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𝗚𝗼𝗲𝘀 𝗚𝗼𝗼𝗱 𝗪𝗶𝘁𝗵

𝘣𝘺 𝘛𝘦𝘳𝘳𝘺 𝘚𝘢𝘯𝘷𝘪𝘭𝘭𝘦

After a 500-light-year journey, the fleet of ships shaped like mushroom caps slipped from hyperspace, lowered their landing stems, and came to rest on the dark side of the Moon. No one on Earth noticed since humans were too busy recovering from World War I and the Spanish Flu. The Fleet Commander opened a com channel to all ships.

“You have your assignments. You will have one chance to achieve our goal, one pass, then return to these coordinates. Make no mistakes. Dismissed.”

Like bees leaving a hive, the scores of ships lifted off then flashed into hyperspace and seconds later appeared in Earth’s atmosphere, unlit, moving silently at supersonic speeds. At their appointed locations, each opened its pod bay doors. Clouds of blue and black particles escaped and drifted to Earth, invisible to human eyes.

In less than an hour it was over. The Fleet Commander scratched the warts above his sound hole with a wrinkled tentacle and opened the com channel. “Congratulations, Fungalians. We have successfully sown the seeds of our survival here. After roughly a hundred orbits of this blue planet around its star, it will be ours for the taking. For now, set course for Kepler and engage on my count: 1, 2, 3.”

With the fast flip of a tentacle, the Fungalian ships disappeared into the cosmos.


“What do you make of this?” Ethan asked his managing editor.

“Whatcha got?” Gloria answered via Zoom.

“AP is reporting some sort of outbreak in Missoula. And there’s another in Boise.”

“What kind of outbreak?”

“They don’t know. But animals and people are dying of something pretty gruesome.”

“Get on it. We’re close enough to be in danger. Christ, we’re barely over Covid.”

This could be big, Ethan thought, my first major assignment with High Plains. Let me check the other wires.

Ethan scanned national and global news services then social media chatter. Whatever it was, the outbreak seemed to be everywhere, starting slow with a few deaths, then growing into hundreds, maybe thousands, with no signs of the death curve flattening or descending. Video clips flooded the Internet, showing streets in Los Angeles littered with corpses, tourists and locals slumped over blood-stained café tables in Paris, crowded hospital hallways with doctors looking green-faced and clutching their chests, Indonesian ferries drifting with the currents, their decks crowded with the dead, and in Moscow, bodies lining the streets outside the Kremlin.

Ethan’s email to the CDC went unanswered. But in two days, the President had established a press envoy and appointed yet another taskforce to study the outbreak. In North America alone there were 235 reported death clusters with new ones developing.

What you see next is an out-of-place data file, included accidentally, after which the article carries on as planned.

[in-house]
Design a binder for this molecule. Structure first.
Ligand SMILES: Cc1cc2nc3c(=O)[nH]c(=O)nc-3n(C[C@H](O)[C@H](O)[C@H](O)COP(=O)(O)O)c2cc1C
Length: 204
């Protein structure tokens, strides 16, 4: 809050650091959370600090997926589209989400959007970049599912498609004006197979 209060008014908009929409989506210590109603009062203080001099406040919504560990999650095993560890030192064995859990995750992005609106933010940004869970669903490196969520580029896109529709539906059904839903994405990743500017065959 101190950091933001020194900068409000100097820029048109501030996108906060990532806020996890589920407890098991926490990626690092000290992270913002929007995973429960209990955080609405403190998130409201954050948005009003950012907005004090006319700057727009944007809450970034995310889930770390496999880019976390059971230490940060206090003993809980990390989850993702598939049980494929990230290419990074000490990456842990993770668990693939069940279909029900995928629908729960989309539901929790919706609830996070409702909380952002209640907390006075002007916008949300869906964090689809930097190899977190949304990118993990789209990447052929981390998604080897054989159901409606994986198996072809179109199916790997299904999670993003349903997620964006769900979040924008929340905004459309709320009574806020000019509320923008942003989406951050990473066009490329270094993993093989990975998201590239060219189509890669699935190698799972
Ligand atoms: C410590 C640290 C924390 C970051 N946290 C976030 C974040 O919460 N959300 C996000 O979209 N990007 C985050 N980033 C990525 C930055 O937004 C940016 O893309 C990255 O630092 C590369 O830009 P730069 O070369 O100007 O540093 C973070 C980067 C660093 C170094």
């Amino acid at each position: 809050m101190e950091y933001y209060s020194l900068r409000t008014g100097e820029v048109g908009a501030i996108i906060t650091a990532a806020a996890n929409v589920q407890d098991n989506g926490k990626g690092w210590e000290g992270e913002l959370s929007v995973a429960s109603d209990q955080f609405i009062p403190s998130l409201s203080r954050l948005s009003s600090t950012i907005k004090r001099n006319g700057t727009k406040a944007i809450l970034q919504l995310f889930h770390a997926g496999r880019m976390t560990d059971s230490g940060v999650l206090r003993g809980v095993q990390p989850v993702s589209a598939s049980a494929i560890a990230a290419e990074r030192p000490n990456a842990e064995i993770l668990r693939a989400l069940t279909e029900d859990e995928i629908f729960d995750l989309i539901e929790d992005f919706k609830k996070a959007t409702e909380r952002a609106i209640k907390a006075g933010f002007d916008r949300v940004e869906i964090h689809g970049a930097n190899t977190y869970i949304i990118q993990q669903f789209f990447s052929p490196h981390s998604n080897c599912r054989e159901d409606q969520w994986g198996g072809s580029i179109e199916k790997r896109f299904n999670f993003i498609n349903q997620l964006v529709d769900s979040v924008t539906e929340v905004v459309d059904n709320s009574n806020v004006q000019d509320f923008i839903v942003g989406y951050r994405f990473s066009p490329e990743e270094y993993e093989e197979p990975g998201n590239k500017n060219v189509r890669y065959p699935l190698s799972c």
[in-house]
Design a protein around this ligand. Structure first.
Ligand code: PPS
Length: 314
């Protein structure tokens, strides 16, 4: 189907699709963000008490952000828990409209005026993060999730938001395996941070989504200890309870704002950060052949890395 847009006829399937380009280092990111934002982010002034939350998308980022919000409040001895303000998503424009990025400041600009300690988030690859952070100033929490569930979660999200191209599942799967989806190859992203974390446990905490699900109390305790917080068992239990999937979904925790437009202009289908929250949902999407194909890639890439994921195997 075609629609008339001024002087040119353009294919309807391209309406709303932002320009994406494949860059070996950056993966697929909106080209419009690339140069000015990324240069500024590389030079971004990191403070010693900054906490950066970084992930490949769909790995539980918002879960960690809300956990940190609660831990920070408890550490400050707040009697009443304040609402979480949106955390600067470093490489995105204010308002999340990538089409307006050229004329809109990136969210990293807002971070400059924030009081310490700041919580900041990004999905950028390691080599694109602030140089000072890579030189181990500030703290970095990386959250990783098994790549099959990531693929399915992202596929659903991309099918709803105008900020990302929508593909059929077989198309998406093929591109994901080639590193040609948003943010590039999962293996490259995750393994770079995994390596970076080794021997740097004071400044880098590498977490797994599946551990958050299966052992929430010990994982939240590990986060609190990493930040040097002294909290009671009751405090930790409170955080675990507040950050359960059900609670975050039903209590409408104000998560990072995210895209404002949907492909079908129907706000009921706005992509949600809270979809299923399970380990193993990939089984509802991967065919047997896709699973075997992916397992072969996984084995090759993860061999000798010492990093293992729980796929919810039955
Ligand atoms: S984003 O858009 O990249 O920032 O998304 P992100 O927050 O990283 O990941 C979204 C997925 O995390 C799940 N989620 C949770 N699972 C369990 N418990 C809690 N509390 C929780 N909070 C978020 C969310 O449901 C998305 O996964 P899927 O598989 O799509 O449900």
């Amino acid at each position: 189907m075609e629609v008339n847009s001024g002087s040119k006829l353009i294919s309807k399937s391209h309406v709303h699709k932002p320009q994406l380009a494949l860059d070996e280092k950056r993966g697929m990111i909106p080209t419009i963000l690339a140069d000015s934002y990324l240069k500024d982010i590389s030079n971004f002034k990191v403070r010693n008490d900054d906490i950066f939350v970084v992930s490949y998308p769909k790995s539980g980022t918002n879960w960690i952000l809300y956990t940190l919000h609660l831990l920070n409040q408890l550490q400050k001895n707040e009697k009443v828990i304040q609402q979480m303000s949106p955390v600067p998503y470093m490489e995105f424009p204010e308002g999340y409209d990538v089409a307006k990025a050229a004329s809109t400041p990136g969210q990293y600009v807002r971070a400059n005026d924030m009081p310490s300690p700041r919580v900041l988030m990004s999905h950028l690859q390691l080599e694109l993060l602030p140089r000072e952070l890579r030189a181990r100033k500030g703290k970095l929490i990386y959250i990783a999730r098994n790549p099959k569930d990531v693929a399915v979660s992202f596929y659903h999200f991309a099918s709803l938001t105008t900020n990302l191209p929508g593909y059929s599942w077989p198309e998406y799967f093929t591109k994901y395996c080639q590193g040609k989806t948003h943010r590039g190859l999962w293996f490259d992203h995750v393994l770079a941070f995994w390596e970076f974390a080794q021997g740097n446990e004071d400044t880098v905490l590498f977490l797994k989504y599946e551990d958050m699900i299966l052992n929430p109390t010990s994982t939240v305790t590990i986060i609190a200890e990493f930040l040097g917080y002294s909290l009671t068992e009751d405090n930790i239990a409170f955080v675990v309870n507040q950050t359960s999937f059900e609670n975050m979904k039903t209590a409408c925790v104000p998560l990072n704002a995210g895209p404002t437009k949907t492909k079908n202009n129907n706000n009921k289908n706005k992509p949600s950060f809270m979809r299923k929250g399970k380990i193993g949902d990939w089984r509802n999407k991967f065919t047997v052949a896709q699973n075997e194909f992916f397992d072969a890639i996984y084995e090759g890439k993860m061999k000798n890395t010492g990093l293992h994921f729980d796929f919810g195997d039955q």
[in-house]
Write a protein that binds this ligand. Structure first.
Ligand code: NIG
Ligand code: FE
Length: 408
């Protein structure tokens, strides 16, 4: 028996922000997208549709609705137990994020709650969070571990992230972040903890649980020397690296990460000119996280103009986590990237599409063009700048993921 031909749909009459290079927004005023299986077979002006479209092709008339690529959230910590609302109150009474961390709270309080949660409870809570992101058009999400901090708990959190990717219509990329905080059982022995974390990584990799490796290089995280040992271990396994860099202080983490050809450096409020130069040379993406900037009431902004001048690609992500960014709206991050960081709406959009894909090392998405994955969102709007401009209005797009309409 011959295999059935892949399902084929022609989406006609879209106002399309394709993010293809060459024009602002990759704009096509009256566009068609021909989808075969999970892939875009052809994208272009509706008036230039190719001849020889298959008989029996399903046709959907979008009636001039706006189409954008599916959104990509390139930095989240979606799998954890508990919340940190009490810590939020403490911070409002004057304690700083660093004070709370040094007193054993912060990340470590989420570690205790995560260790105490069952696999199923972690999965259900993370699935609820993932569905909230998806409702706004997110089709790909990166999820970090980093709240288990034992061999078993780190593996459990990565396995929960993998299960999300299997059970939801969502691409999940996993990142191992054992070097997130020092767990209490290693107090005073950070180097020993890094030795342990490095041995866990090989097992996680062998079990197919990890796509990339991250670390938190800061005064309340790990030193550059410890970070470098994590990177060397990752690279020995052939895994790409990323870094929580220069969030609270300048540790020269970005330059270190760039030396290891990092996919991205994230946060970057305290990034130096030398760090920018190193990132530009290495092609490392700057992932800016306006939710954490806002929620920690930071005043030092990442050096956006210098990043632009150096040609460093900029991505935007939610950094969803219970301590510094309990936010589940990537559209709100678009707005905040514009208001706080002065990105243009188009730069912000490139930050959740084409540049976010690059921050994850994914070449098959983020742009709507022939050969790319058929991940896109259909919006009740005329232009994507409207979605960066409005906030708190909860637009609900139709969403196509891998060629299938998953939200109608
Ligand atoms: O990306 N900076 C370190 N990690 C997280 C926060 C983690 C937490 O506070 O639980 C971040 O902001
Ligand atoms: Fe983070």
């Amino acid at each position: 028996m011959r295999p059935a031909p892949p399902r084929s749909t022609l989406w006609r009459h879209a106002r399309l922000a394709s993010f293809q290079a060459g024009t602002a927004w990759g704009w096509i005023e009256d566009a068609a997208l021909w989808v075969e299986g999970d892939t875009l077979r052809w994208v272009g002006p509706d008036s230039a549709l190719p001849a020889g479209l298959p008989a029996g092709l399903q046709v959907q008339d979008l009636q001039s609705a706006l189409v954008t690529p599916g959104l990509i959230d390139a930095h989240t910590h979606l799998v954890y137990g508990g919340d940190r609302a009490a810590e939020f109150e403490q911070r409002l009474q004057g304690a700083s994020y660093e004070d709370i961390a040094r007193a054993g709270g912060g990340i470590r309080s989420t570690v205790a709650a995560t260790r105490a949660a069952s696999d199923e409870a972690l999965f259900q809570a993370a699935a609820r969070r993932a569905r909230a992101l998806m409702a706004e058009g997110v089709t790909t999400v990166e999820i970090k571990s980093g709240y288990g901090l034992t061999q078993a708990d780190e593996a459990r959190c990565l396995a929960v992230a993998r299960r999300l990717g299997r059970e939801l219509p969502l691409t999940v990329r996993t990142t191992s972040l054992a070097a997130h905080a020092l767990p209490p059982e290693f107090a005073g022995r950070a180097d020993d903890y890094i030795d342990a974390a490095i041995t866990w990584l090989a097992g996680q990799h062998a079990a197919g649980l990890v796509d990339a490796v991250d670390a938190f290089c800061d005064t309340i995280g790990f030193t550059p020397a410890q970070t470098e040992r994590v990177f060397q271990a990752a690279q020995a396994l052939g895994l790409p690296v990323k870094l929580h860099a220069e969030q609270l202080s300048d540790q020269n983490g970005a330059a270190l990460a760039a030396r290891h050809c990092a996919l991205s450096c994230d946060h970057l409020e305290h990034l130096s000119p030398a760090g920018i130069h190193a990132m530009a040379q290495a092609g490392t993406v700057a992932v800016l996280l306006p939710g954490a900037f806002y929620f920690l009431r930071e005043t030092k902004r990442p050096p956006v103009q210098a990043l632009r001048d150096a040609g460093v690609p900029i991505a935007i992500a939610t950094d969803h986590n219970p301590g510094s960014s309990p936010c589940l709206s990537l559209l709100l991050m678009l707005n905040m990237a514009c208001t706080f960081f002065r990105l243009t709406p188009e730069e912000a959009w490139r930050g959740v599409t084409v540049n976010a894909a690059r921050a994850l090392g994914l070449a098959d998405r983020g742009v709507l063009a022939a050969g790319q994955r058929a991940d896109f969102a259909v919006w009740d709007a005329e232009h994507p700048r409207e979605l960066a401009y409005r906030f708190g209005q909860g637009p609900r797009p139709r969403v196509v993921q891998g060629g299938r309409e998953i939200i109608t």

At first, most health agencies suspected yet another virulent virus to be the culprit. But no one could determine the source of the problem and treatment with anti-viral drugs proved ineffective. Something terrible dissolved the lungs of those afflicted and they collapsed and bled out within hours of showing symptoms.

God, what a horrible way to go, Ethan thought. I’d rather shoot myself.


As the days passed, the outbreak dominated all news. WHO, the CDC and all other health agencies worked feverishly to try and identify the pathogen responsible for the mounting deaths of humans and animals of all species, both wild and domestic. And the ranks of scientists working on the problem shrank as they too became stricken.

In a clean room at CDC headquarters, a bunny-suited Dr. Anthony Tao stared at the output from his electron microscope of samples taken from the lungs of a deceased male. The images showed fuzzy-edged structures coating the entire respiratory system.

He immediately called in his supervisor, Dr. Julia Valdez. “Look at this. Don’t these look like fungal spores?”

“Yes, maybe. But we need to confirm with other samples.”

“Will do. I’ll also try and identify which fungus they come from.”

Dr. Tao spent an afternoon comparing the foreign bodies in the lung sample with references but failed to find a match.

“I’ve tried all known sources,” he complained to Valdez. “This may be some new mutant strain. I’ve also tried to isolate any toxins that the spores may release into the host’s system, mostly looking for alkaloids. This is one weird fungus. I’ve never seen any toxins like these. And I’m afraid, like death cap amanitas, there’s no cure.”